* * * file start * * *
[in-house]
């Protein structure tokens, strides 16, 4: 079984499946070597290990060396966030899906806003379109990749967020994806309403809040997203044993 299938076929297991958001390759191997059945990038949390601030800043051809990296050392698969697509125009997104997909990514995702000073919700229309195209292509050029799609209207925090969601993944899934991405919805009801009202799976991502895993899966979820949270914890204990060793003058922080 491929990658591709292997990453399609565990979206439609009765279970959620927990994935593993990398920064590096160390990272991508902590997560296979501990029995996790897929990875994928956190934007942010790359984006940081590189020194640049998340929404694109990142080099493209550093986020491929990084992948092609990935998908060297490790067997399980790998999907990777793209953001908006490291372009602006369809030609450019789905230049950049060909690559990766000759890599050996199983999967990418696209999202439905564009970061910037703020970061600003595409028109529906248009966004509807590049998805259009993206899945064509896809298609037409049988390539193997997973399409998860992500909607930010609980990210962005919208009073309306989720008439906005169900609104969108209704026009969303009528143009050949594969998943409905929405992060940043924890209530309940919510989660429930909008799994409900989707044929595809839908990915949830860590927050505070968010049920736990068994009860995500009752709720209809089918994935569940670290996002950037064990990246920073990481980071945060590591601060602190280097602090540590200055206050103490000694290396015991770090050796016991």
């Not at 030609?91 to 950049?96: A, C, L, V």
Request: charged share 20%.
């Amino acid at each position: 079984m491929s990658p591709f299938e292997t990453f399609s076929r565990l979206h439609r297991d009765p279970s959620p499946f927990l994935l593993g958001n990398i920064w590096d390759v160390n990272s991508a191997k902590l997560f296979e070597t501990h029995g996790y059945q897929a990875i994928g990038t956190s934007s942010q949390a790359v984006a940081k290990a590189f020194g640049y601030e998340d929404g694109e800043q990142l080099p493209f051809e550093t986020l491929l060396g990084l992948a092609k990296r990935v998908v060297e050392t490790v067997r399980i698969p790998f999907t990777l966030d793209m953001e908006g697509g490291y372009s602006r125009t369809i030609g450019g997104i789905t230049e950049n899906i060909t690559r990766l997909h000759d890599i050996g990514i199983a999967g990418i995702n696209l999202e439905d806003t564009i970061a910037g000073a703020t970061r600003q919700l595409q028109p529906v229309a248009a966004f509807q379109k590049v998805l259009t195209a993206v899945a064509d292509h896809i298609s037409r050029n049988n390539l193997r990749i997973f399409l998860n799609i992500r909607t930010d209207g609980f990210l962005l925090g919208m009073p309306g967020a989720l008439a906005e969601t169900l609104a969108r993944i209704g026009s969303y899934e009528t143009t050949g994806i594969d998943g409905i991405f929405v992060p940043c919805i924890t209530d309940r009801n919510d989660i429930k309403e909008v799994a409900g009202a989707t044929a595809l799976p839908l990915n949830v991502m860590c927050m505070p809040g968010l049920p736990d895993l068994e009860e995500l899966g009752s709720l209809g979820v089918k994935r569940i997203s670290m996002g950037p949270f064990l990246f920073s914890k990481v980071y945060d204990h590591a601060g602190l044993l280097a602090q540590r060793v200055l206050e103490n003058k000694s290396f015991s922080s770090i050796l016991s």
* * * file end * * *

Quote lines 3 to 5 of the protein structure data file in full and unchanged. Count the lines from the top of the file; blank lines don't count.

């Not at 030609?91 to 950049?96: A, C, L, V």
Request: charged share 20%.
């Amino acid at each position: 079984m491929s990658p591709f299938e292997t990453f399609s076929r565990l979206h439609r297991d009765p279970s959620p499946f927990l994935l593993g958001n990398i920064w590096d390759v160390n990272s991508a191997k902590l997560f296979e070597t501990h029995g996790y059945q897929a990875i994928g990038t956190s934007s942010q949390a790359v984006a940081k290990a590189f020194g640049y601030e998340d929404g694109e800043q990142l080099p493209f051809e550093t986020l491929l060396g990084l992948a092609k990296r990935v998908v060297e050392t490790v067997r399980i698969p790998f999907t990777l966030d793209m953001e908006g697509g490291y372009s602006r125009t369809i030609g450019g997104i789905t230049e950049n899906i060909t690559r990766l997909h000759d890599i050996g990514i199983a999967g990418i995702n696209l999202e439905d806003t564009i970061a910037g000073a703020t970061r600003q919700l595409q028109p529906v229309a248009a966004f509807q379109k590049v998805l259009t195209a993206v899945a064509d292509h896809i298609s037409r050029n049988n390539l193997r990749i997973f399409l998860n799609i992500r909607t930010d209207g609980f990210l962005l925090g919208m009073p309306g967020a989720l008439a906005e969601t169900l609104a969108r993944i209704g026009s969303y899934e009528t143009t050949g994806i594969d998943g409905i991405f929405v992060p940043c919805i924890t209530d309940r009801n919510d989660i429930k309403e909008v799994a409900g009202a989707t044929a595809l799976p839908l990915n949830v991502m860590c927050m505070p809040g968010l049920p736990d895993l068994e009860e995500l899966g009752s709720l209809g979820v089918k994935r569940i997203s670290m996002g950037p949270f064990l990246f920073s914890k990481v980071y945060d204990h590591a601060g602190l044993l280097a602090q540590r060793v200055l206050e103490n003058k000694s290396f015991s922080s770090i050796l016991s």